Starting with a trustworthy theory T, Galvan (1992) suggests to read offš, from the usual hierarchy of theories determined by consistency strength, a finer-grained hierarchy in which theories higher up are capable of ‘explaining’, though not fully justifying, our commitment to theories lower down. One way to ascend Galvan’s ‘hierarchy of explanation’ is to formalize soundness proofs: to this extent it often suffices to assume a full theory of truth for the theory T whose soundness is at stake. In this (...)
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  31.  75
    The Algebra of Supervaluations.Hans G. Herzberger - 1982 - Topoi 1 (1-2):74-81.
  32. Truth Values, Neither-True-nor-False, and Supervaluations.Nuel Belnap - 2009 - Studia Logica 91 (3):305 - 334.
    The first section (§1) of this essay defends reliance on truth values against those who, on nominalistic grounds, would uniformly substitute a truth predicate. I rehearse some practical, Carnapian advantages of working with truth values in logic. In the second section (§2), after introducing the key idea of auxiliary parameters (§2.1), I look at several cases in which logics involve, as part of their semantics, an extra auxiliary parameter to which truth is relativized, a parameter that caters to special kinds (...)
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  33.  58
    Quasi-Truth, Supervaluations and Free Logic.Newton C. A. da Costa & Otavio Bueno - 1999 - History and Philosophy of Logic 20 (3-4):215-226.
    The partial structures approach has two major components: a broad notion of structure (partial structure) and a weak notion of truth (quasi-truth). In this paper, we discuss the relationship between this approach and free logic. We also compare the model-theoretic analysis supplied by partial structures with the method of supervaluations, which was initially introduced as a technique to provide a semantic analysis of free logic. We then combine the three formal frameworks (partial structures, free logic and supervaluations), and apply the (...)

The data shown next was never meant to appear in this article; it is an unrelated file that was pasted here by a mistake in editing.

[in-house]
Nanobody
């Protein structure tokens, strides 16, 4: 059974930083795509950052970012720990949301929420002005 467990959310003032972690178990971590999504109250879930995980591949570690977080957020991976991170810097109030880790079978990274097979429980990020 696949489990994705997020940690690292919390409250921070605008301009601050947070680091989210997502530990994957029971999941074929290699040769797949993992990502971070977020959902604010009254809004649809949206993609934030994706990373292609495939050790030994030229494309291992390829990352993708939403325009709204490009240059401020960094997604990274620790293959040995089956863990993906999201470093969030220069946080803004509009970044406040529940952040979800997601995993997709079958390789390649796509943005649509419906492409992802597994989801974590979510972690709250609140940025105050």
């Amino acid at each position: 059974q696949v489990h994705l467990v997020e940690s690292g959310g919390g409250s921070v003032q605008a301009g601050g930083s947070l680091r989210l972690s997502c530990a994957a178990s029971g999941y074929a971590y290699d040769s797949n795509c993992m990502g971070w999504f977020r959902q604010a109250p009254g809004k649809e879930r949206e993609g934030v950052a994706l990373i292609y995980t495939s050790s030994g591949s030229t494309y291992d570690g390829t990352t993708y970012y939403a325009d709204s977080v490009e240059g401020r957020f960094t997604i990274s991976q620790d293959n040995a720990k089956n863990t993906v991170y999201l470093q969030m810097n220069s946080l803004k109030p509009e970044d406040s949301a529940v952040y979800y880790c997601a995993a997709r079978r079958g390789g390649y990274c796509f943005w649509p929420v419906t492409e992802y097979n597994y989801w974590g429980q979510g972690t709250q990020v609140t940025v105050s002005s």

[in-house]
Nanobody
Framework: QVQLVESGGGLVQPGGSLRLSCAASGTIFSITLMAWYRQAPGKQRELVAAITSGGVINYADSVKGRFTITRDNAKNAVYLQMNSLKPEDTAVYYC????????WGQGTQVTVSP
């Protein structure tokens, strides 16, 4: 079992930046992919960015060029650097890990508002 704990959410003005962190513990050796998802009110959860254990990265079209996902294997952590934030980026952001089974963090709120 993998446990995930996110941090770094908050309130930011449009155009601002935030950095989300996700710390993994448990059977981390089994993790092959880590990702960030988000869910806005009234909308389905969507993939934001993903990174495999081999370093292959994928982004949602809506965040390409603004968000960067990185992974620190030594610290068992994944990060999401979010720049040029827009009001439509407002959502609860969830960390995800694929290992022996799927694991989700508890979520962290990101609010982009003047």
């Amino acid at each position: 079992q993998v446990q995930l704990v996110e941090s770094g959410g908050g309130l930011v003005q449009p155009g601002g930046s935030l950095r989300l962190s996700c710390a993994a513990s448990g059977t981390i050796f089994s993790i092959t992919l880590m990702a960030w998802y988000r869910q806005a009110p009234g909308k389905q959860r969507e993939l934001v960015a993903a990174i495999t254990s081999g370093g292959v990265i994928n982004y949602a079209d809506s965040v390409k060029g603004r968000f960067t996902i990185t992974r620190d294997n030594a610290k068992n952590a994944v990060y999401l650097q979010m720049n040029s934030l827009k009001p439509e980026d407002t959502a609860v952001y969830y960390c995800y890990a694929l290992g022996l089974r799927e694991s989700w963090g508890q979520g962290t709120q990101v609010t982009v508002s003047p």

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  34.  8
    Meinong Und Supervaluation.Arkadiusz Chrudzimski - 2004 - In Arkadiusz Chrudzimski & Wolfgang Huemer (eds.), Phenomenology and Analysis: Essays on Central European Philosophy. Ontos. pp. 105-130.
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  35. Multi-Criteria Predicates and Supervaluation.Marta Ujvari - 1999 - Acta Analytica 14 (1).
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  36.  22
    Author Correction: Supervaluation-Style Truth Without Supervaluations.Johannes Stern - 2020 - Journal of Philosophical Logic 49 (1):219-219.
    The original version of the article unfortunately contained a mistake. In the Acknowledgments section of the original version of the article, the grant number of the Marie Sklodowska-Curie Individual Fellowship supporting the author’s work was misstated.
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  37. What Cannot Be Evaluated Cannot Be Evaluated, and It Cannot Be Supervalued Either.Jerry A. Fodor & Ernest Lepore - 1996 - Journal of Philosophy 93 (10):516-535.
  38.  12
    Compactness of a Supervaluational Language.E. Bencivenga - 1983 - Journal of Symbolic Logic 48 (2):384-386.
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  39.  11
    What Cannot Be Evaluated Cannot Be Evaluated and It Cannot Be Supervalued Either.Jerry A. Fodor & Ernest Lepore - 1996 - Journal of Philosophy 93 (1):516--35.
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  40. (2010) ‘Scope Confusions and Unsatisfiable Disjuncts: Two Problems for Supervaluation- Ism’, in Eds., Cuts and Clouds: Vaguenesss, Its Nature, and Its Logic,.Richard Dietz & Sebastiano Moruzzi (eds.) - 2010 - Oxford University Press.
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  41.  84
    Fara’s Formula and the Supervaluational Thin Red Line.Alex Peter Malpass - 2013 - Theoria: Revista de Teoría, Historia y Fundamentos de la Ciencia 28 (2):267-282.
    Este artículo se centra en un argumento presentado por Fara (2010) en contra del supervaluacionismo en el contexto de la vaguedad. Muestro cómo dicho argumento es igualmente aplicable al supervaluacionismo de tiempo ramificado (presentado por primera vez por Thomason 1970), pero no a la semántica 'STRL' de Malpass y Wawer (2012), que está estrechamente relacionada.
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  42.  82
    Science and Semantics: The Case of Vagueness and Supervaluation.Joan Weiner - 2007 - Pacific Philosophical Quarterly 88 (3):355–374.
    It is widely assumed that the methods and results of science have no place among the data to which our semantics of vague predicates must answer. This despite the fact that it is well known that such prototypical vague predicates as ‘is bald’ play a central role in scientific research (e.g. the research that established Rogaine as a treatment for baldness). I argue here that the assumption is false and costly: in particular, I argue one cannot accept either supervaluationist semantics, (...)